Lesley’s mouth dropped, and she quickly glanced at Sylvia, but both she and Stowe were sound asleep.
“She’s been at the hospital now for four or five months—started right around Thanksgiving. I think I remember her saying she was getting her Master’s, and working as a coder. Maybe doctor’s dictation? Oh, that must have been where they met.”
“She’d have to see him for her job for sure.”
“I really thought it was strange a few months ago when she called me out of the blue and asked me to have lunch with her in the cafeteria. Now I get it. She must know I’m seeing Nash. I wonder if that’s why she’s was trying to get to know me. Because of his connection to Greg?”
“Very possible, Layton,” she said, shocked at this new and rather disconcerting information about the woman who had eyes on her friend.
“What in the world is Dr. Gregory thinking?”
“Well, now that you’ve said all that… I think it’s more… what is he thinking with?” Lesley implied. “But surely he can spot a gold digger.”
“I don’t know, Lesley. He seems kinda naive. She’s a cute girl. An ego boost and some kinky sex could make him think she cares. Love has masqueraded for a lot less.”
Layton stood, grabbing her purse and keys.
“That’s true,” Lesley followed the young woman outside. “Are you sure you don’t want to stay here since Nash is working all night?”
“Girl, I’m fine. Pretty used to staying by myself,” she said, turning the key in the ignition. “When he’s not at the hospital, he’s usually in Slidell.”
“Are you kidding?” Lesley said, disgusted.
“Nope. I think if Millie asked Nash to find a way to farm gold out his ass, he’d sure try.”
They laughed together, both knowing Layton was spot-on with that observation.
“I’m sorry, Layton. I know it hurts.”
“A little. But I’m fine. I’ve got a lot to look forward to. Reece is coming home tomorrow. We’ve not seen each other in forever.”
“Is he?” The gleam in Layton’s eyes was unmistakable when she spoke of Nash’s middle brother, and Lesley couldn’t help but wonder if there was something more than friendship budding between the two of them.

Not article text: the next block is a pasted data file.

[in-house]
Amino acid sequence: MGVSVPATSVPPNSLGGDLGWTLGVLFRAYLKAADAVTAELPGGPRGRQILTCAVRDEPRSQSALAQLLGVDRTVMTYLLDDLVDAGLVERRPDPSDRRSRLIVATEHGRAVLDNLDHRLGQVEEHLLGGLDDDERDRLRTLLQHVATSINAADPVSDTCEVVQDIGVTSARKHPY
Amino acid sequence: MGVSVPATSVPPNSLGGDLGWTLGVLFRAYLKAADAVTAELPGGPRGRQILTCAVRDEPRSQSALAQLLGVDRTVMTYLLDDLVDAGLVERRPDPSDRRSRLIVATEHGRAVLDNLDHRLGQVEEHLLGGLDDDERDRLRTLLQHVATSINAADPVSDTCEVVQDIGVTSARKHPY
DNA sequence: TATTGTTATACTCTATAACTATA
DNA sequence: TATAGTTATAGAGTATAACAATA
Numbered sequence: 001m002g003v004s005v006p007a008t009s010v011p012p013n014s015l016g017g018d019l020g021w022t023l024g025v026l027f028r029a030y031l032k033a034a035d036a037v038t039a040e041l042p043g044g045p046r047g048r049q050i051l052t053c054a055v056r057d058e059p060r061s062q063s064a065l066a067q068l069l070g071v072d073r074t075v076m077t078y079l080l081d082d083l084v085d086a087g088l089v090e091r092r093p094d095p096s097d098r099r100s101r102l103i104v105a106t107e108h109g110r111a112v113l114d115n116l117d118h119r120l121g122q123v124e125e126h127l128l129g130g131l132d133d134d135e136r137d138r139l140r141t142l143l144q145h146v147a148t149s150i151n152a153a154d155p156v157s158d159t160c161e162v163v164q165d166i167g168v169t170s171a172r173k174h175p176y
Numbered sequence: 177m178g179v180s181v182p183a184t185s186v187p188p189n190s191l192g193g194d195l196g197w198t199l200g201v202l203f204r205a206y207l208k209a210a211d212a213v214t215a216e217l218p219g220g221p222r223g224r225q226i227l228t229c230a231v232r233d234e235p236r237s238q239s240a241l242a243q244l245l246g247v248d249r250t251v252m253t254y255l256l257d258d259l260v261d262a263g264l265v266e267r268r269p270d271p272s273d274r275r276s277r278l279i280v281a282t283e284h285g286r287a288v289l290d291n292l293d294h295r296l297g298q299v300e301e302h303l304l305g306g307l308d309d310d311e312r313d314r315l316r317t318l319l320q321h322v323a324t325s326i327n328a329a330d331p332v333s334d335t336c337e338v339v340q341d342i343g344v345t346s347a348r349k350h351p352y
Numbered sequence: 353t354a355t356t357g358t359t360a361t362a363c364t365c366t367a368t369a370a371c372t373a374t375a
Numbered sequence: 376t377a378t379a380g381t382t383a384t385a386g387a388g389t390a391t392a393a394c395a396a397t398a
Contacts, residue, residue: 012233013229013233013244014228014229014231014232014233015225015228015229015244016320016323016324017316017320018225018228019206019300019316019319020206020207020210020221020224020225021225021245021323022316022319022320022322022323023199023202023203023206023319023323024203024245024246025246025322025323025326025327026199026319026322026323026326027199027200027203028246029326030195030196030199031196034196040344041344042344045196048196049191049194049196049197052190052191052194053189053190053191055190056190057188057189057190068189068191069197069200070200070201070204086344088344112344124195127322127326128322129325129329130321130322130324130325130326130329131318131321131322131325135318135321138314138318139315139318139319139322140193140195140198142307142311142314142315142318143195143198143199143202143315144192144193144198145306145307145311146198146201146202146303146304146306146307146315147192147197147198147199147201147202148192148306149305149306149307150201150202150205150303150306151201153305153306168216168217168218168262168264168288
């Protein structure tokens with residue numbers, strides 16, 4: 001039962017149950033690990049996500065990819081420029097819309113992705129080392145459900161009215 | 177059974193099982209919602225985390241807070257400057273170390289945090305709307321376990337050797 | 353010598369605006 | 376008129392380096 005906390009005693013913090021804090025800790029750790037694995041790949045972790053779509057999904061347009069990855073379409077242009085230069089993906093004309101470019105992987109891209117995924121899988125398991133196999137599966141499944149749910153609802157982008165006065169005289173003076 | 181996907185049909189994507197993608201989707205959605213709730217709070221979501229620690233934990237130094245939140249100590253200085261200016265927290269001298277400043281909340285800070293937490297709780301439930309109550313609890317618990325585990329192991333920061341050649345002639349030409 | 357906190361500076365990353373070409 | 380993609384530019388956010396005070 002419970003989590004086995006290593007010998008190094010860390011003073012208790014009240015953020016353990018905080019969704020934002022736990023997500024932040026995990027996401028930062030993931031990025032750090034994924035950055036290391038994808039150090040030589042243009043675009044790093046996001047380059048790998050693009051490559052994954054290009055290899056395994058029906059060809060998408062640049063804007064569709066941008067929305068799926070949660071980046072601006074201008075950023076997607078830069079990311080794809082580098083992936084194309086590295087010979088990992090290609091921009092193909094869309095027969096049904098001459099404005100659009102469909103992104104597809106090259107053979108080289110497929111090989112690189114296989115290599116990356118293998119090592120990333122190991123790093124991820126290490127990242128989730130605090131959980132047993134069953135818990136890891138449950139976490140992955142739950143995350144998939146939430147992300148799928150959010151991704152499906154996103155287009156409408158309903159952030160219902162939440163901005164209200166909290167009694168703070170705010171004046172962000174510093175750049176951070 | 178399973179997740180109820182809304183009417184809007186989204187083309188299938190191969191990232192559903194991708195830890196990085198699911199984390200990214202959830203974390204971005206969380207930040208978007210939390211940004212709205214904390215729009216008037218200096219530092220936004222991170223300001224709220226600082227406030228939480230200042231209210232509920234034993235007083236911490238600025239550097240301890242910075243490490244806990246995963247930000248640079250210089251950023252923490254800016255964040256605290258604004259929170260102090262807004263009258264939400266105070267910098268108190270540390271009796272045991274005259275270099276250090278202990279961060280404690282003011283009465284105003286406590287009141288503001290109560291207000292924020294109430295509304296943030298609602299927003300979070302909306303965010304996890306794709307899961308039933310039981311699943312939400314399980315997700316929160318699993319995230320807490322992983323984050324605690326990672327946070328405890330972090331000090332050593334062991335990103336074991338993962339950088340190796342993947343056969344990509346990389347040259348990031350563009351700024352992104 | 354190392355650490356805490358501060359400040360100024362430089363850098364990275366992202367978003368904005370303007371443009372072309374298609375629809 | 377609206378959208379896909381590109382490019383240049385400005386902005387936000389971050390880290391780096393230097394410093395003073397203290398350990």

“Yeah. Can’t wait.” She noticed the time on her car clock. “Crap, almost midnight. I’m going straight home and locking up before the crazies come out.”
She laughed, thankful she lived in the gated Eastover community. “This is New Orleans. The crazies stay out. Text me when you get there, Lay.”
Walking back into the house, Lesley followed behind an exhausted Sylvia with Liene in her arms. “Need help?” she asked.
“Got it, honey. Stowe’s down too,” She carefully placed her daughter in bed next to her sister. When the babies were first born, Sylvia and Lesley wanted each girl to have her own crib, but it became apparent that their babies wanted to occupy the same space.
Reaching for the small bottle of Holy Water on the side table, Lesley dampened each index finger and leaned over on her tiptoes, making the sign of the cross over each child’s forehead. Reverently she whispered, “The Lord bless you and keep you; the Lord make his face to shine upon you, and be gracious to you; the Lord lift up his countenance upon you, and give you peace.” It was a blessing she received from her grandmother every night. As Lesley grew older, she’d question how her very Baptist grandmother knew so much about Catholicism, especially since the Arkansas Catholic population was less than five percent. Her answer was a smile and few words, “A blessing is a blessing, my little sunflower.” After Lesley’s own daughters were born and home from the hospital—much to her surprise—Sylvia leaned over their bassinet and blessed them, just as the old woman had blessed Lesley.
“Did I hear you and Layton say that she knew Tiffany from college?” Sylvia said, gently pulling the door shut. “I was about half asleep at that point.”
“Oh yeah. And you won’t believe what she said about her. Layton’s exact words were ‘trashy gold digger.’” Turning on the light in their bedroom, Lesley saw Sylvia’s sour face.
“Oh? Crap.”
“Something’s up when a college student is dating the CMO of one of the largest hospitals in South Louisiana.”
Sylvia tapped her fingers on the dresser. “Granny Huff always said to watch out for Greeks bearing gifts.”
“Wise woman,” Lesley said.
“What was Greg and Ari’s fight about?” she asked, turning down their bed.
“She made a comment about how much younger Tiffany was than him,” Lesley said, changing into her usual tank and shorts sleepwear.
“Somebody needed to, Les. What’s your gut saying?”
“I hate to go on hearsay from anybody, but Layton wouldn’t lie. I’m suspicious—in a bad way.”
“Noted.” Sylvia turned on the baby monitor, got into bed, and waited for her wife to return from checking on the girls one last time.